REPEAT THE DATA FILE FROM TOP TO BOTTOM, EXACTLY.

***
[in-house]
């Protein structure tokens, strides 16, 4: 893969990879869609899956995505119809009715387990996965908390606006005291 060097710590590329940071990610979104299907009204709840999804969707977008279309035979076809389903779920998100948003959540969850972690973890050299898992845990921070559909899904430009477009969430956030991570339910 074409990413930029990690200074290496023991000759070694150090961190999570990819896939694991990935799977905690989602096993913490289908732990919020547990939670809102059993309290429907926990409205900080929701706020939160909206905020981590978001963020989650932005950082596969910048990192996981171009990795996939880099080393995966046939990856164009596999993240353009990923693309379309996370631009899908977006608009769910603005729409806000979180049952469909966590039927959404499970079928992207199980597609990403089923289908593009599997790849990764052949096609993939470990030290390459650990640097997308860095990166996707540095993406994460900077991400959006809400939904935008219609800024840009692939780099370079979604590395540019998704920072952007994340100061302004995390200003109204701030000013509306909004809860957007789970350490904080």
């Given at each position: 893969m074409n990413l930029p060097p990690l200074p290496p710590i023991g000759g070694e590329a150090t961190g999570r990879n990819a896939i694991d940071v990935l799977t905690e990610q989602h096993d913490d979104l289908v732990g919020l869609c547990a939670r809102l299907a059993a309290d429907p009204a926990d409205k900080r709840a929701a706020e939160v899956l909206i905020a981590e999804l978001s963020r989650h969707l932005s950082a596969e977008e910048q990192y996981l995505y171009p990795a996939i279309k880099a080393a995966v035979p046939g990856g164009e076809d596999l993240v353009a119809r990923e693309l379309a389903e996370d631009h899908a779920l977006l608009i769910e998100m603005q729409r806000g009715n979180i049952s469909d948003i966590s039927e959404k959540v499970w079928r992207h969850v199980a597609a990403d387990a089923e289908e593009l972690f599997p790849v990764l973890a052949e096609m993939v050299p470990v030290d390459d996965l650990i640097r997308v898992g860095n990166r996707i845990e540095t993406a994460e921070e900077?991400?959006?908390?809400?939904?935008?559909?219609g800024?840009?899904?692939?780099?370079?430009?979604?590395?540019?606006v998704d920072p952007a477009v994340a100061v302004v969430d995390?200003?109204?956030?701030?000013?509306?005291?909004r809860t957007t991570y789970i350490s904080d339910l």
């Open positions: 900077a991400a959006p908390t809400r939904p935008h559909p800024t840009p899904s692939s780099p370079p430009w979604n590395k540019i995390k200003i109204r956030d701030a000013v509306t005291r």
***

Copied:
[in-house]
């Protein structure tokens, strides 16, 4: 893969990879869609899956995505119809009715387990996965908390606006005291 060097710590590329940071990610979104299907009204709840999804969707977008279309035979076809389903779920998100948003959540969850972690973890050299898992845990921070559909899904430009477009969430956030991570339910 074409990413930029990690200074290496023991000759070694150090961190999570990819896939694991990935799977905690989602096993913490289908732990919020547990939670809102059993309290429907926990409205900080929701706020939160909206905020981590978001963020989650932005950082596969910048990192996981171009990795996939880099080393995966046939990856164009596999993240353009990923693309379309996370631009899908977006608009769910603005729409806000979180049952469909966590039927959404499970079928992207199980597609990403089923289908593009599997790849990764052949096609993939470990030290390459650990640097997308860095990166996707540095993406994460900077991400959006809400939904935008219609800024840009692939780099370079979604590395540019998704920072952007994340100061302004995390200003109204701030000013509306909004809860957007789970350490904080």
């Given at each position: 893969m074409n990413l930029p060097p990690l200074p290496p710590i023991g000759g070694e590329a150090t961190g999570r990879n990819a896939i694991d940071v990935l799977t905690e990610q989602h096993d913490d979104l289908v732990g919020l869609c547990a939670r809102l299907a059993a309290d429907p009204a926990d409205k900080r709840a929701a706020e939160v899956l909206i905020a981590e999804l978001s963020r989650h969707l932005s950082a596969e977008e910048q990192y996981l995505y171009p990795a996939i279309k880099a080393a995966v035979p046939g990856g164009e076809d596999l993240v353009a119809r990923e693309l379309a389903e996370d631009h899908a779920l977006l608009i769910e998100m603005q729409r806000g009715n979180i049952s469909d948003i966590s039927e959404k959540v499970w079928r992207h969850v199980a597609a990403d387990a089923e289908e593009l972690f599997p790849v990764l973890a052949e096609m993939v050299p470990v030290d390459d996965l650990i640097r997308v898992g860095n990166r996707i845990e540095t993406a994460e921070e900077?991400?959006?908390?809400?939904?935008?559909?219609g800024?840009?899904?692939?780099?370079?430009?979604?590395?540019?606006v998704d920072p952007a477009v994340a100061v302004v969430d995390?200003?109204?956030?701030?000013?509306?005291?909004r809860t957007t991570y789970i350490s904080d339910l």
């Open positions: 900077a991400a959006p908390t809400r939904p935008h559909p800024t840009p899904s692939s780099p370079p430009w979604n590395k540019i995390k200003i109204r956030d701030a000013v509306t005291r």